For most of my life, I’ve been what many would call a “lazy natural,” hair-wise — I’ve tended to stick with buns and the occasional wash-and-go. All of this changed when I decided to give braids a try last summer, in the hopes of cutting down on my morning routine and looking like the always-on-vacation girls I follow on Instagram. Braids had burned me (or my edges, at least) in the past; the last time I’d tried them, my hair was left broken after a too heavy install. But an editor friend had recently turned me on to knotless braids (the process, she said, puts less tension on your hair and leaves you with a more natural look and feel), and I was curious to give them a try. The result, much to my surprise, was a profound shift in the way I saw myself — so much so, that I found myself getting teary-eyed when Representative Ayanna Presley said that wearing her waist-length Senegalese twists was like “meeting herself for the first time.” I felt that way too — and committed to wearing braids full time.
Since the summer, I’ve developed a routine for making sure my hair is well protected before, during, and after styling. This includes an array of bonnets, scarves, creams, oils, and lotions, all of which have found a place in my arsenal by way of trial and error or recommendations from trusted friends and family. It’s been a long five months, but I feel very confident in my routine — it has allowed me to stretch the amount of time between takedowns and maintain slicked and swooped edges that have people convinced my braids are perpetually freshly done.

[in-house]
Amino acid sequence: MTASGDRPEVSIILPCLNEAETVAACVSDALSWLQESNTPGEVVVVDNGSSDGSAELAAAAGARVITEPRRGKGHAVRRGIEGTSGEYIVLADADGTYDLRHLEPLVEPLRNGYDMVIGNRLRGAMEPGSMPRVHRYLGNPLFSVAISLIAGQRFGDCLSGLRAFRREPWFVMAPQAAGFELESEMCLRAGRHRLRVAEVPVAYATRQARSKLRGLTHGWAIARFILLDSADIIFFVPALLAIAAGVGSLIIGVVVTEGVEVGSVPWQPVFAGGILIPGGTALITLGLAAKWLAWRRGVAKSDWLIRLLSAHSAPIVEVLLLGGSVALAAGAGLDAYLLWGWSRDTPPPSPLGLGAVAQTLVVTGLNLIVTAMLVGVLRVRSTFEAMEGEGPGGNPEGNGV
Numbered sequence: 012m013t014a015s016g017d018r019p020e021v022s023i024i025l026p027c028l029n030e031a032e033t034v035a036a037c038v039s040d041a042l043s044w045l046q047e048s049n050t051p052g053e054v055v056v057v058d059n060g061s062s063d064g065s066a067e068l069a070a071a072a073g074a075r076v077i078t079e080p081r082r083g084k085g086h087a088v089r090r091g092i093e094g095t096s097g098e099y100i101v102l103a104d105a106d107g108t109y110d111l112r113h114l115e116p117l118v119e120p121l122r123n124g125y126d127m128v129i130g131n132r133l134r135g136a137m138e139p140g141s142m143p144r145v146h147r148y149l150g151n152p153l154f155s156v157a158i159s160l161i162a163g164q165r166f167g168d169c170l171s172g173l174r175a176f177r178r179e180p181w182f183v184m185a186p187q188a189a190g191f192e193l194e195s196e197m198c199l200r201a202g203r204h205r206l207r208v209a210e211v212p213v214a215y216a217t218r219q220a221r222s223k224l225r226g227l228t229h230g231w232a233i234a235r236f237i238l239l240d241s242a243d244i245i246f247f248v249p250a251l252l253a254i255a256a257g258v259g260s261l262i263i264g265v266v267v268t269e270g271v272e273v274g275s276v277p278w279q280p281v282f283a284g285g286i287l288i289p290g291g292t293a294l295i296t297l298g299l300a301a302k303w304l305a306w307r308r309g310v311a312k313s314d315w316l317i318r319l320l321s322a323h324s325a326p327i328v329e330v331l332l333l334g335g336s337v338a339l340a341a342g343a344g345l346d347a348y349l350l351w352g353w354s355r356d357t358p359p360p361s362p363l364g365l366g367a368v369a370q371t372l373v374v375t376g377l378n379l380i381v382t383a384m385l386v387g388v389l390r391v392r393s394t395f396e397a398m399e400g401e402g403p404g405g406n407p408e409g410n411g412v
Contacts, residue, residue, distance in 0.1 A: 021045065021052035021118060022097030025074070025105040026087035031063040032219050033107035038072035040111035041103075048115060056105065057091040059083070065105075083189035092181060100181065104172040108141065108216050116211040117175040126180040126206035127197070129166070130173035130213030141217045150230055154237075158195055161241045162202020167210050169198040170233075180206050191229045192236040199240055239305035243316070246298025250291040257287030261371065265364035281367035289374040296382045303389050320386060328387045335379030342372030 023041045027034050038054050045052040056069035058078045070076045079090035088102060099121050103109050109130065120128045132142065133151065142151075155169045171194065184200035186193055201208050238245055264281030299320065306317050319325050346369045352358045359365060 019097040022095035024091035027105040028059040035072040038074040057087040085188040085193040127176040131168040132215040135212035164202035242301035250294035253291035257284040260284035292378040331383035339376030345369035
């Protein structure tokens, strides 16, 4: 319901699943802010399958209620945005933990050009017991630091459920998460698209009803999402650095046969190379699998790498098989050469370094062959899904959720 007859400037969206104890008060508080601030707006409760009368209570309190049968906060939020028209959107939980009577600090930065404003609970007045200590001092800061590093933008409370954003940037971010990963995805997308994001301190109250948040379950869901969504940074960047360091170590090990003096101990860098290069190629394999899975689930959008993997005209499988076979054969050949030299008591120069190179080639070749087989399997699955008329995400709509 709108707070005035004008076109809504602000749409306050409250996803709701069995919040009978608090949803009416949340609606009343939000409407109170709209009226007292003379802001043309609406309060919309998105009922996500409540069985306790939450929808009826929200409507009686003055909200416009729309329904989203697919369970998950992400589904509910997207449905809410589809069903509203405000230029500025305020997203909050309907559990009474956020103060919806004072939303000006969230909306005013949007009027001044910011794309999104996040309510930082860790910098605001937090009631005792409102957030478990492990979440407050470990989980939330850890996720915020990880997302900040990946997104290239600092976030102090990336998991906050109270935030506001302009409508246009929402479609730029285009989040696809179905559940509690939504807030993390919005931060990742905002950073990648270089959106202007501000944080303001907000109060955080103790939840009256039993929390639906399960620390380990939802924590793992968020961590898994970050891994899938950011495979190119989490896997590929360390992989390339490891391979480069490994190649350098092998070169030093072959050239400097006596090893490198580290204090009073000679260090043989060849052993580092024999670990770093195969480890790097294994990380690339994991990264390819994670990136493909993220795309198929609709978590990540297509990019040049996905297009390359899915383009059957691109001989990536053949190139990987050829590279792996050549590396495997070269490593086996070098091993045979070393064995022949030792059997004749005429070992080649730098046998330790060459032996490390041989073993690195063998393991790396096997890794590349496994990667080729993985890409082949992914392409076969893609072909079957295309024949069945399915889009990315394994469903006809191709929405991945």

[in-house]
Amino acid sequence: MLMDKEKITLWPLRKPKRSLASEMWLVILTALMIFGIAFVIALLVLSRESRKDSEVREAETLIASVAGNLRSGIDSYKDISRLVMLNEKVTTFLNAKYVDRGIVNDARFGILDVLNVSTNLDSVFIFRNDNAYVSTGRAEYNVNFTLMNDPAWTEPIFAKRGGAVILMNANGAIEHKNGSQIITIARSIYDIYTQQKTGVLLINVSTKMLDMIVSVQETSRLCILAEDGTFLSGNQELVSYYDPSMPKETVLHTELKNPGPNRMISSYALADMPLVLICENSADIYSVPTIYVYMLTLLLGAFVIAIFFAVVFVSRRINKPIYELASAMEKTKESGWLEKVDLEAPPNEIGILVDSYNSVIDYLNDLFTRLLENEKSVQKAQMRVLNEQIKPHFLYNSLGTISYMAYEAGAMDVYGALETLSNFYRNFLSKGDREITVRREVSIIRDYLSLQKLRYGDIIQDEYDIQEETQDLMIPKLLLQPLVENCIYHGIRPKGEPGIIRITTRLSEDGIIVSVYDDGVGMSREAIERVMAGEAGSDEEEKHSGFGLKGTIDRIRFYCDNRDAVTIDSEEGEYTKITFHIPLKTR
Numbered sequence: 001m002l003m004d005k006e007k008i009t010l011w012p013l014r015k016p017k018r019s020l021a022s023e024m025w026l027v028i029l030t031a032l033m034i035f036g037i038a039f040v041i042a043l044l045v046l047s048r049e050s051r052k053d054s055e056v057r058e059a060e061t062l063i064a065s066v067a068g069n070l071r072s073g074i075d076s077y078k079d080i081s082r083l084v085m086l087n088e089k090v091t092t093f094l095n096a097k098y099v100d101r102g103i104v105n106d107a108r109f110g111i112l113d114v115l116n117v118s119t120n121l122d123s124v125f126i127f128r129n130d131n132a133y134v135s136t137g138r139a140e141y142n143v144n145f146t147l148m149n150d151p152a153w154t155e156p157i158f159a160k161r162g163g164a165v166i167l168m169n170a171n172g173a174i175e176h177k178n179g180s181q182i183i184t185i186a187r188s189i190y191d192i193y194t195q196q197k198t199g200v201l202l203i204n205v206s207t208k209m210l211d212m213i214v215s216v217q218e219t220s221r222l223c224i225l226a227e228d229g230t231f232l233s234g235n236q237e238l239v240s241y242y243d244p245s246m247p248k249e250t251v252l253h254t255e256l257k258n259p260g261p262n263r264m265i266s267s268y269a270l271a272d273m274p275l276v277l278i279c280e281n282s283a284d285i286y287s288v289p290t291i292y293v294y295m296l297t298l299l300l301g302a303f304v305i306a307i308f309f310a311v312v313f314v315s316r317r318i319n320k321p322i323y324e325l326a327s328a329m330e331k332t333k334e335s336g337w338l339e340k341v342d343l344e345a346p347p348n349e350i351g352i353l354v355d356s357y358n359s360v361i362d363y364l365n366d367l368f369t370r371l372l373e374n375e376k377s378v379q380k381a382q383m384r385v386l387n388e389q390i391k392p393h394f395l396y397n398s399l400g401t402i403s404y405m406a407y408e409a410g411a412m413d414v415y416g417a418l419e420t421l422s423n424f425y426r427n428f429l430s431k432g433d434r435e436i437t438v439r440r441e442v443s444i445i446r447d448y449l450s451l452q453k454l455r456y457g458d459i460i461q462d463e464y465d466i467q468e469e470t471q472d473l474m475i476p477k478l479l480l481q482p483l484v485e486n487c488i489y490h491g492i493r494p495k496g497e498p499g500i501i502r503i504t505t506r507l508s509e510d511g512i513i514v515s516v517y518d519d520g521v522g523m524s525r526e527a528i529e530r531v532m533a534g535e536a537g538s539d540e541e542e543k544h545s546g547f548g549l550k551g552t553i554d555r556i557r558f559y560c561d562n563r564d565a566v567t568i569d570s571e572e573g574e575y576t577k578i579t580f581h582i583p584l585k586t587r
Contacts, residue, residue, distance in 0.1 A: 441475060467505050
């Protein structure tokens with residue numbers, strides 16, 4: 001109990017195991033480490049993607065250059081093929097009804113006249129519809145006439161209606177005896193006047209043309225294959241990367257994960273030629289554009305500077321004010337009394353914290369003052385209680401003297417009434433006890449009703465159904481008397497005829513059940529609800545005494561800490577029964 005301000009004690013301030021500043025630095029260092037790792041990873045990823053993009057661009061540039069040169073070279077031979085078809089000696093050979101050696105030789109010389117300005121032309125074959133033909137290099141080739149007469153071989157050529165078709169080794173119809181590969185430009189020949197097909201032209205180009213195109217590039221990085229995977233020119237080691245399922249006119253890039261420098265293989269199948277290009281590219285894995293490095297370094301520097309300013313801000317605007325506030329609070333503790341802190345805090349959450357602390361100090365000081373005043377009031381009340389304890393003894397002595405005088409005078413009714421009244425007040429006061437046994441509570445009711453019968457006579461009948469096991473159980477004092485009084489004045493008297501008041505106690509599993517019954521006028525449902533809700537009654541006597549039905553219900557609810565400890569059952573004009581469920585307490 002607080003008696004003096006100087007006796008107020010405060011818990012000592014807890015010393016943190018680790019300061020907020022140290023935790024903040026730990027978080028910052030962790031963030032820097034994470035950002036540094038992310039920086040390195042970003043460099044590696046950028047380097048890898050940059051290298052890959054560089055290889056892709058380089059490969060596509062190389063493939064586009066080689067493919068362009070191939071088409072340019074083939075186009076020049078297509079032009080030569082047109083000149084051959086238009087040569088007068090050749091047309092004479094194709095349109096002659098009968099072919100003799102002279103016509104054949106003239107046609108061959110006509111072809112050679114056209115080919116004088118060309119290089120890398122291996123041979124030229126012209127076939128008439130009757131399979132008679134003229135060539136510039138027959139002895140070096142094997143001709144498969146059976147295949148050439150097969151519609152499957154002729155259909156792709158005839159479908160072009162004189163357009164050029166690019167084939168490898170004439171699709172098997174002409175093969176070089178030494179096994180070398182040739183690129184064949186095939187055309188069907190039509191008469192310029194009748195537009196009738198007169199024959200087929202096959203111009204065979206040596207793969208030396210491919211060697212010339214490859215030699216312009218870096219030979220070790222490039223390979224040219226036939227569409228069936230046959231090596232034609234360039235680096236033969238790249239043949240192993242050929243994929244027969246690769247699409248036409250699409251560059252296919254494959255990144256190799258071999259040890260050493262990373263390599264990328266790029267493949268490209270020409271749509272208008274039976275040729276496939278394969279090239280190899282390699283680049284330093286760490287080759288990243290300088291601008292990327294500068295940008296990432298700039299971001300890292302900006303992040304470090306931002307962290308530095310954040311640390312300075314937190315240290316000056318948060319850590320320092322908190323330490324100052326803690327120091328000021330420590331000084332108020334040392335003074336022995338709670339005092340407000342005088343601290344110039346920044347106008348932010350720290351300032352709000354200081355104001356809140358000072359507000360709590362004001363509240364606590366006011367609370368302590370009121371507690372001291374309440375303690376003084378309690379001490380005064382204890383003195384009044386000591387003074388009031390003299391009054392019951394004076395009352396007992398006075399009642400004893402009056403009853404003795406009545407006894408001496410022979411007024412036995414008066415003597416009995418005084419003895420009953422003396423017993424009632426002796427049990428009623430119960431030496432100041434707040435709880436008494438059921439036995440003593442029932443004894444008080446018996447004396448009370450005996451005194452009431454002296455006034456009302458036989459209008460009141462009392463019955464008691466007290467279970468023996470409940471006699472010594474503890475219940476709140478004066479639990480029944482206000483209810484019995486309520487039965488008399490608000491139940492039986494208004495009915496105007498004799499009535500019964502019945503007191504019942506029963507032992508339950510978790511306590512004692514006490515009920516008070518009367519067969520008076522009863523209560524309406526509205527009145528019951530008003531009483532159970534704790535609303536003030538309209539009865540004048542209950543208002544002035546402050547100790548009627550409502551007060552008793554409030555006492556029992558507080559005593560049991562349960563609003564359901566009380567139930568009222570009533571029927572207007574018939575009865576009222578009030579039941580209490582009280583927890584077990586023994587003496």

I’ve been using this sulfate-free shampoo for years, mainly because it never, ever leaves my hair feeling stripped. It contains clay, which is said to gently draw out impurities and sweat (a must when I haven’t washed my hair in five weeks). Note: If I’ve left my hair in for longer than four weeks, I’ll use a shampoo with sulfates first, like Mixed Chicks Shampoo, to get it squeaky clean.
My hair wouldn’t be able to handle back-to-back protective styling without a good hair mask, and Shea Moisture makes my favorite. It’s thick and nourishing, and it helps to strengthen my frequently manipulated hair. I like that it’s packed with Jamaican Black Castor Oil (a beloved ingredient for its thickening abilities) and shea butter and adds back the moisture I lose while washing my hair. I coat my hair with this, start brushing out the knots, then leave it in while I live my life for a few hours to let it really do its thing before I wash it out.